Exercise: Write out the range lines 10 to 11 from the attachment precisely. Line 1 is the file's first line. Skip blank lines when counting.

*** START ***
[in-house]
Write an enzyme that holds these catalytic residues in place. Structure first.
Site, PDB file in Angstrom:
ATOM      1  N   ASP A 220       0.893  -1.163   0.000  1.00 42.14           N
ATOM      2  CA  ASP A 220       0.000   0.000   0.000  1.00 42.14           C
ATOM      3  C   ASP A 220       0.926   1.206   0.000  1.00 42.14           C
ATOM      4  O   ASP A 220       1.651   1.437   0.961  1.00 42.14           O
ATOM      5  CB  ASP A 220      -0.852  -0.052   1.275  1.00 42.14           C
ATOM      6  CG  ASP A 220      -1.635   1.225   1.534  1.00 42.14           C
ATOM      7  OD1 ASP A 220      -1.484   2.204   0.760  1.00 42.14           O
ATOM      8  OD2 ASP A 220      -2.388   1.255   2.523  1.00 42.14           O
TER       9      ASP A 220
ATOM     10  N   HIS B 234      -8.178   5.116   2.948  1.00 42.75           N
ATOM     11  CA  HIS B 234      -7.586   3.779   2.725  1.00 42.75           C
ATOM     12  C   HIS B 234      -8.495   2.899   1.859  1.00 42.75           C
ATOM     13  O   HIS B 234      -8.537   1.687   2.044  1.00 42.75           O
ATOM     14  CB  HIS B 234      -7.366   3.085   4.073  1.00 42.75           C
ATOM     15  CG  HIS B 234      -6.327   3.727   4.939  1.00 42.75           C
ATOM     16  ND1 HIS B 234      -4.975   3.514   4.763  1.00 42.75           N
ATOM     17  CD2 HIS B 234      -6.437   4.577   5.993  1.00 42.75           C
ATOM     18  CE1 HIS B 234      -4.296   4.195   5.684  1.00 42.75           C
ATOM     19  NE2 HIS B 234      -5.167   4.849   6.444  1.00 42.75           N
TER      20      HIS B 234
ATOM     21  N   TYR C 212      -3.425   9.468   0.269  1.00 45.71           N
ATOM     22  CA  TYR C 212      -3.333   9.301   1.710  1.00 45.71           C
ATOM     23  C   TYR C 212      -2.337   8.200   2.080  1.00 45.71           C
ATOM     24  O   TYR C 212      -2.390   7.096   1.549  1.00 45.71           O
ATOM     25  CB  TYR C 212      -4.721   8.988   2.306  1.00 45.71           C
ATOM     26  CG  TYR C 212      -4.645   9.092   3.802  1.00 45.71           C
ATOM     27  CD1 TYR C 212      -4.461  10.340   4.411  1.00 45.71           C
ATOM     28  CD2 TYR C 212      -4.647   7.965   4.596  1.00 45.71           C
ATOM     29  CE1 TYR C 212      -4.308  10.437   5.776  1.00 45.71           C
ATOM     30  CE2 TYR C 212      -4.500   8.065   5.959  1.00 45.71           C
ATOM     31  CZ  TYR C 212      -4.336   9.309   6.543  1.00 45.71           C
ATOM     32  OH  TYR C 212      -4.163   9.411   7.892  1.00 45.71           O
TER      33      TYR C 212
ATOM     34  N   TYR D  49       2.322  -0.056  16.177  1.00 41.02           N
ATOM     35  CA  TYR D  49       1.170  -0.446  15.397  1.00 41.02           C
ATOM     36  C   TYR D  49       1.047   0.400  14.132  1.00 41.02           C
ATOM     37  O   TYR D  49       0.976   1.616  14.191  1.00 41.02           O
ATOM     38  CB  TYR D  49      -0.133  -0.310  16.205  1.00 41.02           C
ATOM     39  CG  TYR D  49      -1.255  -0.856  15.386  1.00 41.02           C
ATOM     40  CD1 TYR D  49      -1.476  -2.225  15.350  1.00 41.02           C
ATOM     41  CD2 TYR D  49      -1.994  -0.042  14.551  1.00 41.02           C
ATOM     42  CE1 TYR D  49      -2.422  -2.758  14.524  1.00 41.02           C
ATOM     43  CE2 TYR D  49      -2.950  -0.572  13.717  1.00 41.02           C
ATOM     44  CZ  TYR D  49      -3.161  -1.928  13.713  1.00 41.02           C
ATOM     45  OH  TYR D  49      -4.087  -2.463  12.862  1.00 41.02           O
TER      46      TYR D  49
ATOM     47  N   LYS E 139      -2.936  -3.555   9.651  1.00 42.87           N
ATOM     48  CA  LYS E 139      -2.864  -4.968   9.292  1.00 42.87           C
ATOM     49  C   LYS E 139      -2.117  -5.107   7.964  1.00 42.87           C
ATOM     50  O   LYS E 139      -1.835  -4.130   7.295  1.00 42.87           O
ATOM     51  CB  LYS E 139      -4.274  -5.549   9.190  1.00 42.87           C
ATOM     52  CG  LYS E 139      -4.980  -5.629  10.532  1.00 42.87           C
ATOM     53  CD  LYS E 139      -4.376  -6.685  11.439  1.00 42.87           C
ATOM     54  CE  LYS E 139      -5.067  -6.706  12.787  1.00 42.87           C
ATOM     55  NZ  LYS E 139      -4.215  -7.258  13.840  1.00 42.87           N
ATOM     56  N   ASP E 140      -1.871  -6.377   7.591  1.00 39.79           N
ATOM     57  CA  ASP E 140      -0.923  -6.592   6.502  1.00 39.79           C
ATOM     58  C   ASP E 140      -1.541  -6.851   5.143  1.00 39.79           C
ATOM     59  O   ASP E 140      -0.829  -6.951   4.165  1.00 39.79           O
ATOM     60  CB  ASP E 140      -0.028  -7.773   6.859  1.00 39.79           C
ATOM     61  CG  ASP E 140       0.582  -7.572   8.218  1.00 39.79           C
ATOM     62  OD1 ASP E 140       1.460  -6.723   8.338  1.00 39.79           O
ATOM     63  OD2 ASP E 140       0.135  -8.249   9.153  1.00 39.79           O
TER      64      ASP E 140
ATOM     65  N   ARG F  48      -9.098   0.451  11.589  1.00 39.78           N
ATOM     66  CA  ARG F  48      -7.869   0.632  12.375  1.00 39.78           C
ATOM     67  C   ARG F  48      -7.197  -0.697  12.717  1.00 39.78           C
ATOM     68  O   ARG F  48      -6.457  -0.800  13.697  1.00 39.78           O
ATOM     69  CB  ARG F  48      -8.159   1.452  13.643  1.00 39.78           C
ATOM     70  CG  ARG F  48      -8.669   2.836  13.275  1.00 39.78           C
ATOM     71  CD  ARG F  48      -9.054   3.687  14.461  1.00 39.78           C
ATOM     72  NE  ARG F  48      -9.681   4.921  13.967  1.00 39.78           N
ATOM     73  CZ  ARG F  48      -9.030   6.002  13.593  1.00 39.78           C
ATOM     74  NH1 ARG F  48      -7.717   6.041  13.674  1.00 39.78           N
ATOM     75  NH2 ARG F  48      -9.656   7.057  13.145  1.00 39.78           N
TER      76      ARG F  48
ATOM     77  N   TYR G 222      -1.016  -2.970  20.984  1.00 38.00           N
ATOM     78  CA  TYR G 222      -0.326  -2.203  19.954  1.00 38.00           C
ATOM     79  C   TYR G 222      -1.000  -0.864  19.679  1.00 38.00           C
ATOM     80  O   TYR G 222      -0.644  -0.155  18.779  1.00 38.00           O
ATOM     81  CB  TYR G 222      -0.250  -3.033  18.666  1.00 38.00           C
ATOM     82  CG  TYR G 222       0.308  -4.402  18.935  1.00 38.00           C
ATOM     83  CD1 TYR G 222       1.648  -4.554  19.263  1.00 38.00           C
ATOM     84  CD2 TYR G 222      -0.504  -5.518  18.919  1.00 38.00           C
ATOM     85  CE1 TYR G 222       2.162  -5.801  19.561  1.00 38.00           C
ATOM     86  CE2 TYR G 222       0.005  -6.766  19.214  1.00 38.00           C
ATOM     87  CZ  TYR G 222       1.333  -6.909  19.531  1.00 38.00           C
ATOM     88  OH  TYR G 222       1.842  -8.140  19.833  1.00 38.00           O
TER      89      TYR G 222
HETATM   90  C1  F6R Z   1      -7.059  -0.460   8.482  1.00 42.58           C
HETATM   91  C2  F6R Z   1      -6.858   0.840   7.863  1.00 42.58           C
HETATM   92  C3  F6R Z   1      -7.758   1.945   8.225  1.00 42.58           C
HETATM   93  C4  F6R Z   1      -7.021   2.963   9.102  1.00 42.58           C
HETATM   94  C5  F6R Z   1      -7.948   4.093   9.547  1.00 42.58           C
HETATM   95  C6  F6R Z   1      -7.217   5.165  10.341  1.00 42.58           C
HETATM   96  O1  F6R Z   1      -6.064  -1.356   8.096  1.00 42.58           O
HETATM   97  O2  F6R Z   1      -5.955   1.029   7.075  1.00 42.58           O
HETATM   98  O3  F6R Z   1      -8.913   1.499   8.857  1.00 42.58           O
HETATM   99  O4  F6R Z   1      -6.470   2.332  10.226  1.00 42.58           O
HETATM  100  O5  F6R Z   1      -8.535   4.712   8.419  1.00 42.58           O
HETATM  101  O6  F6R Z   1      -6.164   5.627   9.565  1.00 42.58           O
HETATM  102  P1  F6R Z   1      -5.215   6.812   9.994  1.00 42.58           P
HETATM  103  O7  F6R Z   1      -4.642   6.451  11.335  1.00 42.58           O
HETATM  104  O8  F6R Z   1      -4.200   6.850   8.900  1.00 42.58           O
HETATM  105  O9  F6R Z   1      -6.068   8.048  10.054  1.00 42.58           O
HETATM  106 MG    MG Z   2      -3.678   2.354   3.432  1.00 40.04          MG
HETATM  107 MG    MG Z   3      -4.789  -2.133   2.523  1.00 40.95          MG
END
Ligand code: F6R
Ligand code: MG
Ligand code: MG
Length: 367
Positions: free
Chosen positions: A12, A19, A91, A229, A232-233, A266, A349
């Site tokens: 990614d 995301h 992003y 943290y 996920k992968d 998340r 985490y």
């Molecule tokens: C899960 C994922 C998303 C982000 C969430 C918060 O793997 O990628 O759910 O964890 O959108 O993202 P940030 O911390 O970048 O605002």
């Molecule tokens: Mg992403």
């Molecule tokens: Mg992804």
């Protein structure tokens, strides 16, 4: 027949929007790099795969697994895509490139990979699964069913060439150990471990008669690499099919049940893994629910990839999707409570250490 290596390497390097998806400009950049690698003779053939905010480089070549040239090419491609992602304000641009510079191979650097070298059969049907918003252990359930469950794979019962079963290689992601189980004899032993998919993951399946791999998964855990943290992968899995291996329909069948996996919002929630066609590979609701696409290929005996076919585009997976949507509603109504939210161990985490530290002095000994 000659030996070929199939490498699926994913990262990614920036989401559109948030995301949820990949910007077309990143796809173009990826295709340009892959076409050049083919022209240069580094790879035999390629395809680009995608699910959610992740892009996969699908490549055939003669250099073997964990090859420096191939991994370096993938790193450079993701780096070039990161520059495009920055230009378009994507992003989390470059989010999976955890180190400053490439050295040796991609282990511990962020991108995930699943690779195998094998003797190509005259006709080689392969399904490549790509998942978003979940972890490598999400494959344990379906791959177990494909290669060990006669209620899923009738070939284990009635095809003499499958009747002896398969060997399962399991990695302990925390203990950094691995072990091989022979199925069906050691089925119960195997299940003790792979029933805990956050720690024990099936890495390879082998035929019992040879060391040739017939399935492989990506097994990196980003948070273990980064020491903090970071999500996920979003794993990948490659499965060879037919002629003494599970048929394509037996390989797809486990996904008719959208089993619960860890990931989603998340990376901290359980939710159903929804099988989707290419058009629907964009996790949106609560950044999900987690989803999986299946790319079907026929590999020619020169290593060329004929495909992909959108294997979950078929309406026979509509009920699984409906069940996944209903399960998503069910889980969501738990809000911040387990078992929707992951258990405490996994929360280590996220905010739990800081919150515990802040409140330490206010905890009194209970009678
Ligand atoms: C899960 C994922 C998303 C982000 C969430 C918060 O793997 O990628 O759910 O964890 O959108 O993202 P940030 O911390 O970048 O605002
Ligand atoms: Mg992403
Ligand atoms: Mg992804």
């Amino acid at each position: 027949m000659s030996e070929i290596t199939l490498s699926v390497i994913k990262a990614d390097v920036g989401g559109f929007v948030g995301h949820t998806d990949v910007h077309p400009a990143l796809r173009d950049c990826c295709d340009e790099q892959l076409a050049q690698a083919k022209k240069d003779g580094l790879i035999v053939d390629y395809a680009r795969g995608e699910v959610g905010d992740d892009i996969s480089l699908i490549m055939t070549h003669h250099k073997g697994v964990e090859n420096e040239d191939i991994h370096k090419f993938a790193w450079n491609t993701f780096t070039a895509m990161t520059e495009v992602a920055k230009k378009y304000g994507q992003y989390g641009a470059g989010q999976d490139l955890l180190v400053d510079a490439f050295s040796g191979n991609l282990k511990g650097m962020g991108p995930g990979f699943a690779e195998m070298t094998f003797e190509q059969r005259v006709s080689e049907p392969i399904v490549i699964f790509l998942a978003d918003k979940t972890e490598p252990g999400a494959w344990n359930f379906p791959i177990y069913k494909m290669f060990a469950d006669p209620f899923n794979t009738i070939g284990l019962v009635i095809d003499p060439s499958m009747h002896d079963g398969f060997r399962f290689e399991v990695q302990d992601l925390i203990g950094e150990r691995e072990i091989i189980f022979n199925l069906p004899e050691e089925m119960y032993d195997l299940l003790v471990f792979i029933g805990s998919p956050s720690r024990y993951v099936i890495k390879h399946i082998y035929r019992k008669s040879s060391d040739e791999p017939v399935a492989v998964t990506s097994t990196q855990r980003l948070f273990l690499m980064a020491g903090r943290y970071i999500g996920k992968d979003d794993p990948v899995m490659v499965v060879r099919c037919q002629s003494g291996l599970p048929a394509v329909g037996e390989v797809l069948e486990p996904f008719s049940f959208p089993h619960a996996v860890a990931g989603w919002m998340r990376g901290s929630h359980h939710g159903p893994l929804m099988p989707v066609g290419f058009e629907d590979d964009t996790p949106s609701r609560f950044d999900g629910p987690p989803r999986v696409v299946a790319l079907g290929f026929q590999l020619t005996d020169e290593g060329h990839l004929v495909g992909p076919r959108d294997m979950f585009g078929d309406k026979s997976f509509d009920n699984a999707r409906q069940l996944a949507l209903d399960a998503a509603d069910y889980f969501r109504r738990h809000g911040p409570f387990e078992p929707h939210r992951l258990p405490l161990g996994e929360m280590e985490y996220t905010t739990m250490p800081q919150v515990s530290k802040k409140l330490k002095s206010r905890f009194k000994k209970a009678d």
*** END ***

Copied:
ATOM      7  OD1 ASP A 220      -1.484   2.204   0.760  1.00 42.14           O
ATOM      8  OD2 ASP A 220      -2.388   1.255   2.523  1.00 42.14           O